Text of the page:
Influenza or flu is a contagious respiratory illness caused by influenza viruses. It can cause mild to severe illness and at times can lead to death. The best way to prevent influenza is by getting a flu vaccination each year.
The Centers for Disease Control and Prevention (CDC) recommends a yearly flu vaccine for everyone 6 months of age and older as the first and most important step in protecting against this serious disease. While there are many different flu viruses, the flu vaccine is designed to protect against the flu strains that research indicates will cause the most illness during the flu season. Traditional flu vaccines (called trivalent vaccines) are made to protect against three flu viruses; an influenza A (H1N1) virus, an influenza A (H3N2) virus, and an influenza B virus. This season, there are also flu vaccines made to protect against four flu viruses (called "quadrivalent" vaccines). These vaccines protect against the same viruses as the trivalent vaccines as well as an additional B virus.
Getting the flu vaccine as soon as it becomes available each year is best. It takes about two weeks after vaccination for antibodies to develop in the body and provide protection against the flu. Influenza seasons are unpredictable and can begin as early as October. To find a flu clinic location near you, visit: http://flushot.healthmap.org/.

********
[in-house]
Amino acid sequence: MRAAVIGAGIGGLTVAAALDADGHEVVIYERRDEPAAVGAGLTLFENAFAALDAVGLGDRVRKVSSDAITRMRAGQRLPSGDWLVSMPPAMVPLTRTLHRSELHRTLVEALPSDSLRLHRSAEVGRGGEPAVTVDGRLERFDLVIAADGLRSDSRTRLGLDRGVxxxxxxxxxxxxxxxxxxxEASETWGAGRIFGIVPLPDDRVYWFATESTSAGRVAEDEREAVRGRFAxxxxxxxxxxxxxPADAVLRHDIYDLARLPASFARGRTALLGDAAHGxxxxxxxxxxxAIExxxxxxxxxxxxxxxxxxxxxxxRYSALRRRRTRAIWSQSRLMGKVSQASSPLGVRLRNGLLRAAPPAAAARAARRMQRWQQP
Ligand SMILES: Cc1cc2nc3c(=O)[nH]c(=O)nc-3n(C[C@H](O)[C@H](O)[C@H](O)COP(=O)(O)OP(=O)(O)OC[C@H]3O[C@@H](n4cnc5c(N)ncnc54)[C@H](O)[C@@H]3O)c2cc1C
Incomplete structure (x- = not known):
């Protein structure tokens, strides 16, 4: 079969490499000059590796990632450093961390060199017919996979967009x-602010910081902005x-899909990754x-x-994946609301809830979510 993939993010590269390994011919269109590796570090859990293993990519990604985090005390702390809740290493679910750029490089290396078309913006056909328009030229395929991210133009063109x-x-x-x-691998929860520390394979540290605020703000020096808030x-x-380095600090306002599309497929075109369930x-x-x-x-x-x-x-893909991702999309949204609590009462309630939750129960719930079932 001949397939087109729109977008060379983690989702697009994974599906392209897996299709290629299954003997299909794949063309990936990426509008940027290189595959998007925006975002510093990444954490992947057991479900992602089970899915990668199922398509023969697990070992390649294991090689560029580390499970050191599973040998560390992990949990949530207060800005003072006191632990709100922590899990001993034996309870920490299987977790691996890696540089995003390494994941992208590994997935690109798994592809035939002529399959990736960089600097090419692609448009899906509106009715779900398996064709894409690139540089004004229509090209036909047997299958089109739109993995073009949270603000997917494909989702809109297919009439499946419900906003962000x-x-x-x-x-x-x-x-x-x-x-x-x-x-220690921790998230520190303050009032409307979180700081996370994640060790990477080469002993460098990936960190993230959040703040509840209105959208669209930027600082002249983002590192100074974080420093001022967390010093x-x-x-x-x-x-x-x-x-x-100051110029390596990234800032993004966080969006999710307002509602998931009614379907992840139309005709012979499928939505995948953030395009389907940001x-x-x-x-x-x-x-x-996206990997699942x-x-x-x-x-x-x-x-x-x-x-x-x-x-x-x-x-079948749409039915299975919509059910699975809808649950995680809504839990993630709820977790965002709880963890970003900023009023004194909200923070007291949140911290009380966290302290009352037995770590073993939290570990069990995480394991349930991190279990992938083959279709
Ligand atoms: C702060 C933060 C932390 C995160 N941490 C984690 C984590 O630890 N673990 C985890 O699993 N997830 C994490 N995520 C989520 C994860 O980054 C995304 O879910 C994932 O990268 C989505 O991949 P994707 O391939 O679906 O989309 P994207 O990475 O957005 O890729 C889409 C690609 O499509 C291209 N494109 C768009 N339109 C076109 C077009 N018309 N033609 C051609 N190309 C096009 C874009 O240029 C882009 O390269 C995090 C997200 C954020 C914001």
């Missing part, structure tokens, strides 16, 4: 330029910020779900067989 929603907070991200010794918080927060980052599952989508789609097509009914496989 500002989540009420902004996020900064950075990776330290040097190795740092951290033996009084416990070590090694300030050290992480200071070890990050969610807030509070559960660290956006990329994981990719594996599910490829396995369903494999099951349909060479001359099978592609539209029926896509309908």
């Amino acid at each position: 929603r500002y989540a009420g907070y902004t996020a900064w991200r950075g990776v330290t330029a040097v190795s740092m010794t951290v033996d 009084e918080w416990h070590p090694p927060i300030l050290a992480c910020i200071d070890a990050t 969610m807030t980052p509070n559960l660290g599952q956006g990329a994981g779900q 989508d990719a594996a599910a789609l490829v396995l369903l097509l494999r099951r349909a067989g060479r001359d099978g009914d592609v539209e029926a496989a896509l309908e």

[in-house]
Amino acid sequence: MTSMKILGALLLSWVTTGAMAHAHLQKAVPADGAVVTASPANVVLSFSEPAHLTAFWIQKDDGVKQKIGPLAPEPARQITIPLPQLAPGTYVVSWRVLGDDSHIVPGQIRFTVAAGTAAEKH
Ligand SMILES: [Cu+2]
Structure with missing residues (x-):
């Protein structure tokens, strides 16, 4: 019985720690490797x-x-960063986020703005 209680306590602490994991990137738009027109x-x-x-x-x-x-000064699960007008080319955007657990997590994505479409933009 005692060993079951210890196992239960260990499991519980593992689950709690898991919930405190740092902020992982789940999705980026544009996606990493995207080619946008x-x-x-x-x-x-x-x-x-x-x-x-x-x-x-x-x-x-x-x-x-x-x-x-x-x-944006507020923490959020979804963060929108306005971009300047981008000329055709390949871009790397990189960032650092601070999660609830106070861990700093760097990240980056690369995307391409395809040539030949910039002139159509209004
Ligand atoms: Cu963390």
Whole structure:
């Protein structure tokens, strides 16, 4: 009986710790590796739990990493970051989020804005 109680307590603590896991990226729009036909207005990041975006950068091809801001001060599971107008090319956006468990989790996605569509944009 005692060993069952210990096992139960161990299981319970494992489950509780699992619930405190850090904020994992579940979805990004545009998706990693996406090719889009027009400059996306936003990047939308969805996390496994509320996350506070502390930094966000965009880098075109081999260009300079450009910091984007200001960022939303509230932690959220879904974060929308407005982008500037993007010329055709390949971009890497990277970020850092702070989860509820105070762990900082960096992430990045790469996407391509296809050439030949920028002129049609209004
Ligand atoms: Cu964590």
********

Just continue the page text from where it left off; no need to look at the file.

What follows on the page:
Californians can also take some basic steps to protect themselves and their families from getting flu and other respiratory infections. Make sure to wash your hands often, cover coughs and sneezes with your sleeve or a tissue, and stay home when you are sick.
View personal stories of people affected by the flu at ShotbyShot.org. For more information about flu, visit www.flu.gov.
The California Department of Public Health (CDPH) Influenza Surveillance Program is a collaborative effort between CDPH, the CDC, Kaiser Permanente, California local health jurisdictions and participating sentinel providers and laboratories. Annual influenza epidemics follow a winter seasonal pattern in the United States with typical activity peaking during late December to early February. CDPH obtains and analyzes clinical, pharmacy and laboratory data year-round in an effort to determine the timing and impact of influenza activity and to determine how well circulating strains of the virus match those used in the current influenza vaccines.